August Nights

It is a small photo of a hot August night at the Boardwalk. He has won me
an inflatable blue baseball bat. I am sick but I do not force my smile. In
ten minutes I will ride the Giant Dipper and learn the effects of gravity.
He will rename me "Roller Chunks." He has helped me choose what to wear; a
black blouse with cowboy roses and buttons that refuse to cooperate. Don't
worry, he says, red lace bras are meant for showing off. In another
picture, before this one, he sticks the bat in his crotch, flings up his
left fist and whoops for the camera, the lights of the tilt-a-wheel
starbursting behind him. He has a straggly strip of furry tiger cloth on
the zipper of his pants. His hair is black, he wears sunglasses, spikes,
skull rings, a hoody and thirteen visible piercings. He says he is happy.
I had to come here, he says. I had to come here sober. After fourteen
years, this is the first time I've been here sober. He vows to finish
Beauty School this time. He lives on student loans. He insists on paying
for unlimited rides, he insists on paying for dinner at Planet Fresh
Burrito. Planet Not So Fresh Burrito. Maybe it was the sundried tomatoes,
chicken, brown rice and spinach tortilla, maybe it was the flu, but I had
already thrown up in the bathroom twice. I do not tell him. He tells me I
look pale; I admit I feel queasy. He buys me an Aquafina. I do not tell
him I have thrown up because he will worry and insist on going home. He
wants to go on the kiddie rides. The men in line with us for the dinosaur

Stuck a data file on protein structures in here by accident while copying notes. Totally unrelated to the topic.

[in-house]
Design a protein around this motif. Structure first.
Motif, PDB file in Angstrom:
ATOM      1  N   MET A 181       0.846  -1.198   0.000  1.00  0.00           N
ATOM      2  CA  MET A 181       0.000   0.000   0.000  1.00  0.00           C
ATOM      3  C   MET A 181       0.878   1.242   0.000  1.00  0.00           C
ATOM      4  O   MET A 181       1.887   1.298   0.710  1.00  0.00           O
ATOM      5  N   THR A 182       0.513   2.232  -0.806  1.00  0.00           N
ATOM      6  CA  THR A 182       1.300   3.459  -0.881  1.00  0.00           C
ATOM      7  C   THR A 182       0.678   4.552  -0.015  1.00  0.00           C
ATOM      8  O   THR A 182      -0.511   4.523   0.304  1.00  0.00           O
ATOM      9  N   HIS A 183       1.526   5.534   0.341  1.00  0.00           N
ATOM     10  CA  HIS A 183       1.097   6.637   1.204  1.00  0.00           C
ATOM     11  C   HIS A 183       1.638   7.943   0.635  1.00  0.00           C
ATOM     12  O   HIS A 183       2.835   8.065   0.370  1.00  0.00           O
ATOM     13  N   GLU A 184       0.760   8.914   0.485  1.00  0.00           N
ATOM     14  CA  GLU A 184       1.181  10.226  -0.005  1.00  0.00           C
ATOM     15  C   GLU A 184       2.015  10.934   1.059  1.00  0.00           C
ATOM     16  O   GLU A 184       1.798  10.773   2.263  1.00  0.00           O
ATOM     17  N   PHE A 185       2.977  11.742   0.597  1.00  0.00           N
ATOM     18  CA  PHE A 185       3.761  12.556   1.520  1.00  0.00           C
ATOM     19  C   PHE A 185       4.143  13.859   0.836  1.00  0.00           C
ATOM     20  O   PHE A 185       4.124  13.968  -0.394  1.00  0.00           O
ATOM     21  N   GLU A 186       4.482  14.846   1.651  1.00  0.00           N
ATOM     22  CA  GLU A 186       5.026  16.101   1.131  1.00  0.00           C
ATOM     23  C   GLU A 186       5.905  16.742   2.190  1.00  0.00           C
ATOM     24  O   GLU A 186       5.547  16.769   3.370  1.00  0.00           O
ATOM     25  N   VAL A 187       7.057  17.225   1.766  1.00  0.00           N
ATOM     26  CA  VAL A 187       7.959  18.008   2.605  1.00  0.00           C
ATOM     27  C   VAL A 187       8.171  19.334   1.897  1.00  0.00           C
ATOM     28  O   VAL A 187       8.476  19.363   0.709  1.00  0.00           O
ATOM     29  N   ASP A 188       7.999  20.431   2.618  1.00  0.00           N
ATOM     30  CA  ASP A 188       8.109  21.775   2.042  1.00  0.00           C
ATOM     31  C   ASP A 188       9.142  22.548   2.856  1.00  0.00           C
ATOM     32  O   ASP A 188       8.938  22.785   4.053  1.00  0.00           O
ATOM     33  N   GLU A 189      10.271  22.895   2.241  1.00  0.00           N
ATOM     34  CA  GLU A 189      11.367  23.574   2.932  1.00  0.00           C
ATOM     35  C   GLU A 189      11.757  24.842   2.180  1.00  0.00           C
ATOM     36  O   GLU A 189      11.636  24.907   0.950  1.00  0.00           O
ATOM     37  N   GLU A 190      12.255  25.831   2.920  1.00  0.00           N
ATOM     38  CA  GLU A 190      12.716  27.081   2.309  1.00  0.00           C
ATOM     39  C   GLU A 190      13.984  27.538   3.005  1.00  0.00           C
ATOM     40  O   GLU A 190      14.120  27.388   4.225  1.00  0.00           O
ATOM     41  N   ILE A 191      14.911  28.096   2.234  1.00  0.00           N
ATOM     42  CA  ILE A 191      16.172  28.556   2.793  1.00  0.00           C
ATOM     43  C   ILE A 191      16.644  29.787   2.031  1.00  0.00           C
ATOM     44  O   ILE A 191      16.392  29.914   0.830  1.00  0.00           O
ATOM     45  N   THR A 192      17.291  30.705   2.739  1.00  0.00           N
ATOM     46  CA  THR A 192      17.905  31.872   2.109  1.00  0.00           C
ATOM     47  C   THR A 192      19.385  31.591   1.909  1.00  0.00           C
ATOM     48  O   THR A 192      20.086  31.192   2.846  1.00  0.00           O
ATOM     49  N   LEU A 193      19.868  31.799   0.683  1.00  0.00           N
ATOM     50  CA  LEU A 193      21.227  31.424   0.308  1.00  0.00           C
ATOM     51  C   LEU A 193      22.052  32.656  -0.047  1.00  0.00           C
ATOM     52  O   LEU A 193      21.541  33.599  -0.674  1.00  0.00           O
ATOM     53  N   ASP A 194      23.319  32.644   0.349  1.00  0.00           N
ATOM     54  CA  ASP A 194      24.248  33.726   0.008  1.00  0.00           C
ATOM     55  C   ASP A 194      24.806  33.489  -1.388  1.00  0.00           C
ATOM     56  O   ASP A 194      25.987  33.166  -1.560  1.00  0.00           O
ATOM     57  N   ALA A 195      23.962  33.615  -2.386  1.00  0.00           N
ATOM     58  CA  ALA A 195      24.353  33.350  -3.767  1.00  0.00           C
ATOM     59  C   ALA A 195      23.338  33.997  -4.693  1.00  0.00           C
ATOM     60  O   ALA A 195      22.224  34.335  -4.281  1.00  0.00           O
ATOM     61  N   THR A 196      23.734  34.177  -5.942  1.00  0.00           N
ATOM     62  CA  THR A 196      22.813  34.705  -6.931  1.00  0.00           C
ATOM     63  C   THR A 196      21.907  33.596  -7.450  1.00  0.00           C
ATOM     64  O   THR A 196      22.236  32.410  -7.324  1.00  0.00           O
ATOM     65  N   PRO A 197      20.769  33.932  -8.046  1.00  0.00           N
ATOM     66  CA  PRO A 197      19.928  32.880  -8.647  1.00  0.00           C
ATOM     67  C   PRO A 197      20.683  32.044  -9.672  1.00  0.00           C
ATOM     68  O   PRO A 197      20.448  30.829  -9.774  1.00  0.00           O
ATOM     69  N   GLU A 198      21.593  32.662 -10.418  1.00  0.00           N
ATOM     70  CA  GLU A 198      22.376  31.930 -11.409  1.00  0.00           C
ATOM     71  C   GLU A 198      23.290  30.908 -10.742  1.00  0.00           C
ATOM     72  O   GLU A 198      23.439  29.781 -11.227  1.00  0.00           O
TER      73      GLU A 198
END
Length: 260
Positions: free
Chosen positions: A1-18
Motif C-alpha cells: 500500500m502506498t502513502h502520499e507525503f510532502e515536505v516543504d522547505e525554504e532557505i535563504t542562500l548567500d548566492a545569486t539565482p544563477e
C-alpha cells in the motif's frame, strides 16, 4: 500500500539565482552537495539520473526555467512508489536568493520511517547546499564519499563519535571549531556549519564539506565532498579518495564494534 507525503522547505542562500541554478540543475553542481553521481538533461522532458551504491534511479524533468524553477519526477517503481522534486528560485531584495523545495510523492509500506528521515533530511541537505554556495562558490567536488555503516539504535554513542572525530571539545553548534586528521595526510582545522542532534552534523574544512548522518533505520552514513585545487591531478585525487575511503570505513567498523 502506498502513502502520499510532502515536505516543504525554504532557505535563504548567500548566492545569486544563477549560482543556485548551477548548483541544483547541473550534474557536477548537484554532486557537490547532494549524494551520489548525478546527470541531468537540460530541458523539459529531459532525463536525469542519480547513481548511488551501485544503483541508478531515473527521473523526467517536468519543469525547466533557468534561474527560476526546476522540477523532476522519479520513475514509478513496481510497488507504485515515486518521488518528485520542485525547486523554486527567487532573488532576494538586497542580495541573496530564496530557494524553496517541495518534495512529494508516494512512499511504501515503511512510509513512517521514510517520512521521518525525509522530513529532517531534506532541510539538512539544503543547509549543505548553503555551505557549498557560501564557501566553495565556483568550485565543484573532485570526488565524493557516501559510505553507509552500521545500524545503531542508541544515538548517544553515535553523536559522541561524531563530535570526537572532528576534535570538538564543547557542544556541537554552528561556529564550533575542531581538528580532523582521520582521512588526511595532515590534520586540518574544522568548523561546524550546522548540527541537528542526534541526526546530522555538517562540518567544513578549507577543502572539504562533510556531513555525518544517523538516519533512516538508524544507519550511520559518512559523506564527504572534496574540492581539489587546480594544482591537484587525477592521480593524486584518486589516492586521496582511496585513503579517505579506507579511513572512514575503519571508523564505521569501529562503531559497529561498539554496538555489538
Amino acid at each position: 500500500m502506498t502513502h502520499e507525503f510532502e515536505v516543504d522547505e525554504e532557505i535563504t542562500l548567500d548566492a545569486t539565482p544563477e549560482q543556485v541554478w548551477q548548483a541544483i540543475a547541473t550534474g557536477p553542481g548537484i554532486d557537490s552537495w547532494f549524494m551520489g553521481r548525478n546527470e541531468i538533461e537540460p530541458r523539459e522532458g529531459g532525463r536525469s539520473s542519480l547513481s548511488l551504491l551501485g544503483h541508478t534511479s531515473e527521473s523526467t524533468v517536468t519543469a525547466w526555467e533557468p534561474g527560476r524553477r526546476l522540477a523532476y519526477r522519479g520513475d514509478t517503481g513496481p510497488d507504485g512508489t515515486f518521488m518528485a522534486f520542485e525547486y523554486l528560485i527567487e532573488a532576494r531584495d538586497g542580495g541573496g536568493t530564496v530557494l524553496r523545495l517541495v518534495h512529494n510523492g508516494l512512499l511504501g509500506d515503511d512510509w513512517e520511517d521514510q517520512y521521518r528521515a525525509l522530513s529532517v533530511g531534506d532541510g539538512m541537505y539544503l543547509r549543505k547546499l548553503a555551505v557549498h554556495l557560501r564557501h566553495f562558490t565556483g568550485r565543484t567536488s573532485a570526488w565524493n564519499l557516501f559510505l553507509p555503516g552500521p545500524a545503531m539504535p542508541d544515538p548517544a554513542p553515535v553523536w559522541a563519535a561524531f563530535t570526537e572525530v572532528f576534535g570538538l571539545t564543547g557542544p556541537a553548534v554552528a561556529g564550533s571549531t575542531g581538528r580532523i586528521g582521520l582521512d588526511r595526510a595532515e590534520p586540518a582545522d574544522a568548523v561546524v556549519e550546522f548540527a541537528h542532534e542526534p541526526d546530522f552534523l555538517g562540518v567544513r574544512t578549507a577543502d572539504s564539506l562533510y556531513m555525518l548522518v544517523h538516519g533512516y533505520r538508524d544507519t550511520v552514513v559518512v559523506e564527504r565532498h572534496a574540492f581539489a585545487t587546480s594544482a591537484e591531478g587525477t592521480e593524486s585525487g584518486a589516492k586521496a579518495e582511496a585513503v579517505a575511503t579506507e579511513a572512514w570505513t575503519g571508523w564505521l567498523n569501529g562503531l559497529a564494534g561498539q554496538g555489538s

ferris wheel offer to take our picture. I smile and clutch my purse in both
hands, he holds my Aquafina bottle, the bat squeezes between us. Two years
later, on another muggy August night they will ID him from his dental
records. When they find him, his NA bible will be open to Relapse, this
picture will adorn his wall.

A native of the Monterey Peninsula, Nicole Henares- at the age of five-
authored her first book about the Monterey Public Library's lop-eared
mascot, Bigfoot, and moonlighted in her early twenties as the street-talk
reporter for the Coast Weekly. Henares has since penned two chapbooks of
poetry, Lush and Duende, and edited a small poet's press, Magenta. Her
poems are where the blues meets the mean reds and have appeared throughout
the small press in publications such as The Homestead Review; The Monterey
Poetry Review; Poetry Bay; Poesy; The Circle Magazine; Main Street Rag; and
Remark. Nicole lives in San Francisco with two cats and one husband.

2006 Underground Voices